Attracting and recruiting top talent is one of the biggest challenges organizations both big and small face.
As talent acquisition has become increasingly more difficult, businesses have had to adapt to today’s recruiting landscape to gain a competitive advantage in the war for talent.
But what exactly should companies focus on when assessing their talent acquisition strategies in order to optimize their processes and meet the expectations of today’s job seeker?
A recent survey conducted by Glassdoor
sought to uncover what candidates view as most important when exploring new job opportunities.
Let’s explore some of the results!
What Information Do Job Seekers Look For (And Want To Find)?
The survey was conducted in May 2018 by the Harris Poll on behalf of Glassdoor. Over 1,100 adults in the United States who were either employed or not employed but looking for work participated in the online survey.
The first key finding showed which information job seekers look for first when researching positions, companies, and job advertisements.
Not too surprisingly, salary and benefit information came in as the two most popular responses. But others are also important:
- 67% said salary information
- 63% said employee benefit offerings
- 59% said location of the company/position
- 43% said commute time
- 32% said employee reviews
The responses to the Glassdoor survey match what was found in an informal poll conducted by Sharlyn Lauby
(a.k.a. the HR Bartender) earlier this year which explored reasons why employees leave their employers.
Clearly, compensation is still a major factor for both recruiting and retention strategies.
What Makes a Job Seeker Apply to An Open Position?
The next area of the survey asked participates to cite what would make them more likely to apply to a position. Once again, employee benefits were a popular response:
- Attractive employee benefits and perks – 48%
- Easy commute – 47%
- High salaries – 46%
- Good work-life balance – 43%
- Remote working opportunities – 41%
- Great company culture – 35%
- Good company financial performance – 26%
- Familiarity with the company brand – 23%
Speaking about the results of this part of the survey, Julie Coucoules, Glassdoor’s Global Head of Talent Acquisition, says, “Job seekers crave transparency on pay, not only to make an initial judgement about whether to consider applying for a job, but also to assess if an employer holds long term potential for them.”
“Quality candidates are typically well-researched and those that go beyond job ads and look for a richer set of background data that includes benefits and employee reviews, among other specific traits about an employer. This means that employers should make information available to job candidates proactively, or they risk missing out on quality candidates applying.”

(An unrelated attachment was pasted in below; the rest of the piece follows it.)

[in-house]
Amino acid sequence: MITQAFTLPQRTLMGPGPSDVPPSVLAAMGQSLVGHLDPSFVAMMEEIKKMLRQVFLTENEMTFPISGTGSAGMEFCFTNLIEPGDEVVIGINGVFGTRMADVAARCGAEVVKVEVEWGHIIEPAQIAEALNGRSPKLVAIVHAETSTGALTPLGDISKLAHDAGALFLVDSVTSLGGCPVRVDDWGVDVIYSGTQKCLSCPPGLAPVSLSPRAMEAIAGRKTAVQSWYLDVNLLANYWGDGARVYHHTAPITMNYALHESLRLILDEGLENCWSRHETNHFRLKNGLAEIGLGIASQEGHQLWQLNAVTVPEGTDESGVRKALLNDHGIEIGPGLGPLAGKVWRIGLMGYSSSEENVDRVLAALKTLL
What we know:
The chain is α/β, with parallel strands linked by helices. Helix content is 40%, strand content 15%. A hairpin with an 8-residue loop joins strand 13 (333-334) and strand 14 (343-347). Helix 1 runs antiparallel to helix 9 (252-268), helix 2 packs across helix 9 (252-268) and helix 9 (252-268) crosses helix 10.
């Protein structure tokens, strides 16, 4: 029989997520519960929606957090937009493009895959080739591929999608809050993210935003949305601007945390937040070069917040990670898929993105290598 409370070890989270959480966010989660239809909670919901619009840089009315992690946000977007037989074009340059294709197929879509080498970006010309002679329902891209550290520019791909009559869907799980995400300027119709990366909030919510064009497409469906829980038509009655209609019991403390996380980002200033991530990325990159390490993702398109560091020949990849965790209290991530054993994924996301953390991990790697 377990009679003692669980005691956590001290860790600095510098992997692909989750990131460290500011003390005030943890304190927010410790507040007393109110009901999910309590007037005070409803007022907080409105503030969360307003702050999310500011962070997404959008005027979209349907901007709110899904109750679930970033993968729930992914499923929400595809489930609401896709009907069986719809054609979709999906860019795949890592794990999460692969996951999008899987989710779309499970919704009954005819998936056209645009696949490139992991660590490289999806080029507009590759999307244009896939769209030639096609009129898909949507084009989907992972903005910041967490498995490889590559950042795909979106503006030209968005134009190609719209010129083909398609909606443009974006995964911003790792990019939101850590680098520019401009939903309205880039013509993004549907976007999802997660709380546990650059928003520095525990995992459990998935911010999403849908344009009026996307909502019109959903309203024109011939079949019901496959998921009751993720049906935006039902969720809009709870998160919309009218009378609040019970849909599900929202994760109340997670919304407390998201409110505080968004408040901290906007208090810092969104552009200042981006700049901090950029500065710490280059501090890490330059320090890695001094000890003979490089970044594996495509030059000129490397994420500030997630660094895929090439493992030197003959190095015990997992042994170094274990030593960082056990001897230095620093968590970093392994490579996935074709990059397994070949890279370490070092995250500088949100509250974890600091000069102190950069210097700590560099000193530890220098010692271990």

Where Should Your Company Be To Attract Talent Today?
Most employers today know just how hard recruiting has become. This has led to increases in recruiting budgets and creative campaigns
geared towards candidate attraction.
But where exactly do candidates go to look for and apply to jobs? This is the next answer the Glassdoor survey looked to uncover.
Here are their responses:
- Online job site (such as Glassdoor) – 51%
- Hearing about a job from a friend – 45%
- Company career site – 35%
- Directly from a recruiter or hiring manager – 34%
- Social media – 20%
- Staffing agency – 19%
In addition to where candidates are going to apply to jobs, Glassdoor’s survey also revealed where job seekers go to research employers:
- Job search websites – 53%
- Word of mouth – 43%
- Professional networking sites – 35%
- Social media – 32%
- Personal networking – 32%
- Company career sites – 26%
Candidates today spend more time researching companies
than ever before, mostly due to the fact that employer information is easier to find. Ensuring that your company is active on these types of websites can help boost your recruiting efforts.
What Differences are There Between Men and Women Candidates?
Another key area the survey explored was how men and women differ in their job search activities and priorities. One major difference was how important remote working opportunities are when it comes to men and women.
49% of women
said telecommuting availability would make them more likely to apply, whereas 35% of men
responded the same.
Also, 63% of women
said they would be likely to use a site like Glassdoor when conducting research on a company while just 45% of men
said they would use job search sites.
Lastly, the survey showed the differences in how men and women look at assessing long-term potential as an employee.
Transparency on pay and benefits was one area with a noticeable difference:
Another was a company’s explanation on employee growth and development:
Keep Up With Job Seeker Expectations To Attract Top Talent
The last few years has seen a drastic rise in job seeker expectations when it comes to both current and potential employers.
Failing to meet these expectations can have negative implications for a business, such as missing out on top-talent in the recruiting process and losing current high-performing employees to other organizations.
Both outcomes can be disastrous for companies, especially smaller employers. However, keeping up with current recruiting and workforce trends, and implementing new benefits and perks
, can help smaller businesses stay competitive in today’s challenging market!
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